What is the Federal Electronics Challenge? • The FEC is a purchasing, use, and end-of life management challenge issued for Federal facilities or agencies to: • Purchase greener electronic products • Manage electronic assets in an environmentally sound manner • Receive assistance and network with other agencies to improve current practices
Why are we focusing on electronics? There is no cohesive management system in place in the Federal government to improve the life cycle management practices of electronic equipment and enhance the growth of the infrastructure for the reuse and recycling of obsolete electronics
FEC: Overall Goal • According the FEC Program the overall goal for Partners is: to reduce lifecycle environmental impacts of electronic products.
Memorandum of Understanding • Signed by 12 agencies on 11/15/04 • Affirmed commitment to lead by example in electronics life cycle management • Process for Fed. Elec. Stewardship Summit, first was held in Feb. 2005
Environmental Goals • Reduce the environmental impact of the use and maintenance of electronic equipment. • Reduce life-cycle impacts of electronic equipment through environmentally preferable purchasing. • Conserve and protect resources by increasing materials use efficiency, source reduction, and the recovery infrastructure of electronic equipment. • Reduce the volume and toxicity of electronic equipment waste through environmentally preferable end-of-life management.
Overview of FEC Program • Voluntary program focused on education and recognition • Flexible (lots of choices within parameters) • Valuable network • Individual facility determines its: • Level of commitment • Goal(s) • Life cycle phase(s) on which to focus
Opportunities As a Partner a Facility Can… • Show leadership • Reduce liability • Save money • Protect the environment • Integrate FEC with your existing EMS
Focus on recognition Recognition for all participating facilities • Partner • Bronze • Silver • Gold
Strategic Goals Integration of life cycle phases with higher partnership levels • Acquisition & Procurement, • Operations & Maintenance, • End of- Life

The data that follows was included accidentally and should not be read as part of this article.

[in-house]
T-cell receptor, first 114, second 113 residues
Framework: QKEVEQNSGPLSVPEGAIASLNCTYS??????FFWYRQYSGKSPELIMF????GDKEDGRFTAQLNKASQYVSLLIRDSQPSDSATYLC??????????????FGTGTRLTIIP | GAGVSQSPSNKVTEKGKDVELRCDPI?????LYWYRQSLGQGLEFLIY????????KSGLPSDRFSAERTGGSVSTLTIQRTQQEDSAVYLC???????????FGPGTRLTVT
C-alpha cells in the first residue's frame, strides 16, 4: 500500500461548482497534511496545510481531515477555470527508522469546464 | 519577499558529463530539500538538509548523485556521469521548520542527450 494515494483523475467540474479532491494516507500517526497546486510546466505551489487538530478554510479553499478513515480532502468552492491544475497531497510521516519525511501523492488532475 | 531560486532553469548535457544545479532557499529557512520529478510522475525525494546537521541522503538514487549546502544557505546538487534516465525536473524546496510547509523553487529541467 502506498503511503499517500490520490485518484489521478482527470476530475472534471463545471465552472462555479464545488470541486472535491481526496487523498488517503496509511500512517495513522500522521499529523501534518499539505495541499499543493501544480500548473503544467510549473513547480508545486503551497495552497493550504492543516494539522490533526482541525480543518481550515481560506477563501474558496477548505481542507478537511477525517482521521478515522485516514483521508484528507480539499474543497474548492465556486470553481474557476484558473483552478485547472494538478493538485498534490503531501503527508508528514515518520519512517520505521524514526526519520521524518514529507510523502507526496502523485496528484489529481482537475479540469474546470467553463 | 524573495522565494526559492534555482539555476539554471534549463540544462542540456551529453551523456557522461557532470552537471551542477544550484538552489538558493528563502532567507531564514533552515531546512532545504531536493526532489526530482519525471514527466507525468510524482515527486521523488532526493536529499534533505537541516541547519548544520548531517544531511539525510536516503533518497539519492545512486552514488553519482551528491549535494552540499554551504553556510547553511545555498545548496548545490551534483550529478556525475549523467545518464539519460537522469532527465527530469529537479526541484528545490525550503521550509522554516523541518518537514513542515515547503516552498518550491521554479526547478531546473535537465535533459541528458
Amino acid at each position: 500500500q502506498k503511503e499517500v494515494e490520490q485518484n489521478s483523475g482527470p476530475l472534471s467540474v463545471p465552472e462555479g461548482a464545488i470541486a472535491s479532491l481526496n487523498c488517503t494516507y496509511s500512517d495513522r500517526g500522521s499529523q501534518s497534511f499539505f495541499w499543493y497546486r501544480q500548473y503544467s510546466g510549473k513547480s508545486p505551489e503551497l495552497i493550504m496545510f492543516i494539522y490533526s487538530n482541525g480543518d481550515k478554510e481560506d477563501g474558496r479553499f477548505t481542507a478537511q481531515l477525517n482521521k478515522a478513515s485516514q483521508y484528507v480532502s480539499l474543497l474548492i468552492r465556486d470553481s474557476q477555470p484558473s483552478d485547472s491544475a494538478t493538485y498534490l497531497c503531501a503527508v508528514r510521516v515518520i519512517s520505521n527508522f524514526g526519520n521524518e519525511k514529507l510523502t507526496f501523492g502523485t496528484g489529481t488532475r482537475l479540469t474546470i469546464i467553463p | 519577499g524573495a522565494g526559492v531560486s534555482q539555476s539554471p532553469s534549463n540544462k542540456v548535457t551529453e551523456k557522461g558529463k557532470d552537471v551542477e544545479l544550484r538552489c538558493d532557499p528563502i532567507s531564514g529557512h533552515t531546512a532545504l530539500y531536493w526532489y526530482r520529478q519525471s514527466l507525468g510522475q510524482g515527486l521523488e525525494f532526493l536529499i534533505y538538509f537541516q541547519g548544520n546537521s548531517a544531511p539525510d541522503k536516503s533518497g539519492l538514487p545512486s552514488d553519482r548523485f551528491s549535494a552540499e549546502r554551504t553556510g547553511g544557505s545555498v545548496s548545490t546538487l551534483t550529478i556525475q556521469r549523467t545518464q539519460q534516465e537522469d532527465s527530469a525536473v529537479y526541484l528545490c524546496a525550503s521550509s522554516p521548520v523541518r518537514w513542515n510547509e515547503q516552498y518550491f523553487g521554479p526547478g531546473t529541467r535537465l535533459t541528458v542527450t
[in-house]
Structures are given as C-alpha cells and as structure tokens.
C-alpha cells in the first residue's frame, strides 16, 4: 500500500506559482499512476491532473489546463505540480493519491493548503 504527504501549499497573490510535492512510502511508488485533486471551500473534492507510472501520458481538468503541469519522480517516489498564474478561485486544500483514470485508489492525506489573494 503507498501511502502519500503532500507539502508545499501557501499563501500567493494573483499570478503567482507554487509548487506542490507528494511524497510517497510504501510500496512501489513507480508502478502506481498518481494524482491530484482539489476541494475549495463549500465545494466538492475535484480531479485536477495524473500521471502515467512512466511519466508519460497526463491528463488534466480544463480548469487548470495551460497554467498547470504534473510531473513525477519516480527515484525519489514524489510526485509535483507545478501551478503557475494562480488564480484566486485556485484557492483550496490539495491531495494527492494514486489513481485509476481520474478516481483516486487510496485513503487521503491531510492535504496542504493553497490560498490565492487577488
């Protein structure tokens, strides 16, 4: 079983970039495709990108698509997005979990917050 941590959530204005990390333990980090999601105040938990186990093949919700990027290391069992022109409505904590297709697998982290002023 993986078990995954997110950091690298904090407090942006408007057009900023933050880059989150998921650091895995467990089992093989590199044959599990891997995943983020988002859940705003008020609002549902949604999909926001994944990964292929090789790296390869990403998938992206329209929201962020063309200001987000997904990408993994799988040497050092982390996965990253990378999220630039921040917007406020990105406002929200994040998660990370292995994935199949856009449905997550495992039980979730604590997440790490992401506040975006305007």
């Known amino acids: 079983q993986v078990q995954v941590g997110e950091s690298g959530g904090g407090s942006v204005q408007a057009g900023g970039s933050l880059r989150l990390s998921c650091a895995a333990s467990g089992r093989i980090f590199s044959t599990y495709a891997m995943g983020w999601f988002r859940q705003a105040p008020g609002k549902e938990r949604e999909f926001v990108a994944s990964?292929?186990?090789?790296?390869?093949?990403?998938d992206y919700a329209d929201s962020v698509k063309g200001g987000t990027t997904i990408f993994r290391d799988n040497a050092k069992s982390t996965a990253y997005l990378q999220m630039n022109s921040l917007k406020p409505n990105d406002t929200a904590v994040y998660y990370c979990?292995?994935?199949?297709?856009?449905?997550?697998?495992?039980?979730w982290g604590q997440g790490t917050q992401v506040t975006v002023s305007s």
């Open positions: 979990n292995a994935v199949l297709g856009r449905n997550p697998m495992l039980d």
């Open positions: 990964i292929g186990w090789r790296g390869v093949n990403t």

Performance Measures for Partners FEC program will help Partners: • Establish baseline measurements • Develop goals • Use standard reporting mechanisms • Develop Partner Case Studies • Provide environmental benefit conversions
Core focus of FEC = BMPs • How did the FEC Steering Committee develop best management practices? • Working directly with federal procurement officials, property managers, and information technology (IT) staff, • BMPs are outlined in Tools including: • fact sheets, case studies, checklists, sample contract/procurement language, presentations, Q & A’s • http://www.federalelectronicschallenge.net
Sampling of Tools • Acquisition Planning & Procurement Checklist • List of Federal Legislation and Executive Orders relevant to the FEC • FAR Clauses Applicable to Environmental Purchasing • Product Information Sheet • Sample Product Information Sheet from IBM • Environmental Attributes • Using Environmental Attributes to Determine Best Value • Ecolabels • Contract Specifications • Total Cost of Ownership • Energy Conservation with ENERGY STAR® • Executive Order 13123 and You • Checklist for Selection of Electronics Reuse and Recycling Services • Electronics Recycling Facility Audit Checklist • Instructions to Recipients of Donated Electronics • Federal Property Reuse Programs
Recycling Electronics and Asset Disposition (READ) Services Contract OMB designated the EPA as the executive agent for a Government Wide Acquisition Contract (GWAC) to provide the Federal sector with electronics recycling and asset disposition services.
READ GWAC Goals • Provide a contract vehicle for the proper disposition of Federal electronic equipment in an environmentally responsible manner • Ensure security for sensitive electronic data • Create an audit trail of the equipment’s final destination • Maximize potential revenues from electronic equipment
What services does the READ contract include? • Contractors will provide Federal agencies with: • Logistical/Inventory Support • Testing, Auditing and Tracking • Data Security • Valuation Process • Recycling • Management and Technical Support
READ Details • 5-year Period of Performance (thru 12/09) • Fully-competed Multiple Award, Indefinite Delivery/Indefinite Quantity (IDIQ) contracts • Flexible Statement of Objectives (SOO) • Performance Based Task Orders • Complete Small Business Set Aside
EPA READ Contractors: • Supplychain Services Inc.(SSI),Lombard,IL; • Molam International, Marietta, GA; • Asset Recovery Corp, St. Paul MN; • Liquidity Services Inc. (LSI), Washington, DC; • Hesstech, LLC, Edison, NJ; • HOBI International, Battavia, IL; • Global Investment Recovery (GIR), Tampa, FL; Please see www.epa.gov/oam/read for additional facility locations
Why Put Electronics into Your Agencies’ EMSs • Creates way to get MOU/FEC goals met • Gives facility staff support and framework for the work they’ll be doing • Electronics may be responsible for significant environmental impacts for most federal facilities
EMSs and the FEC: a natural fit • According to ISO Standard 14001 the goal of an EMS is: to achieve and demonstrate sound environmental performance by controlling the impact of their activities on the environment. • According the FEC Program the overall goal for Partners is: to reduce lifecycle environmental impacts of electronic products.
Using the FEC approach to meet EMS Objectives The FEC provides tools and assistance to: • meet objectives through specific step by step activities • identify responsibility by building a team and provides access to other federal agencies experiences • develop goals and measure progress by outlining ways to measure, helping establish baselines and providing recognition for improvement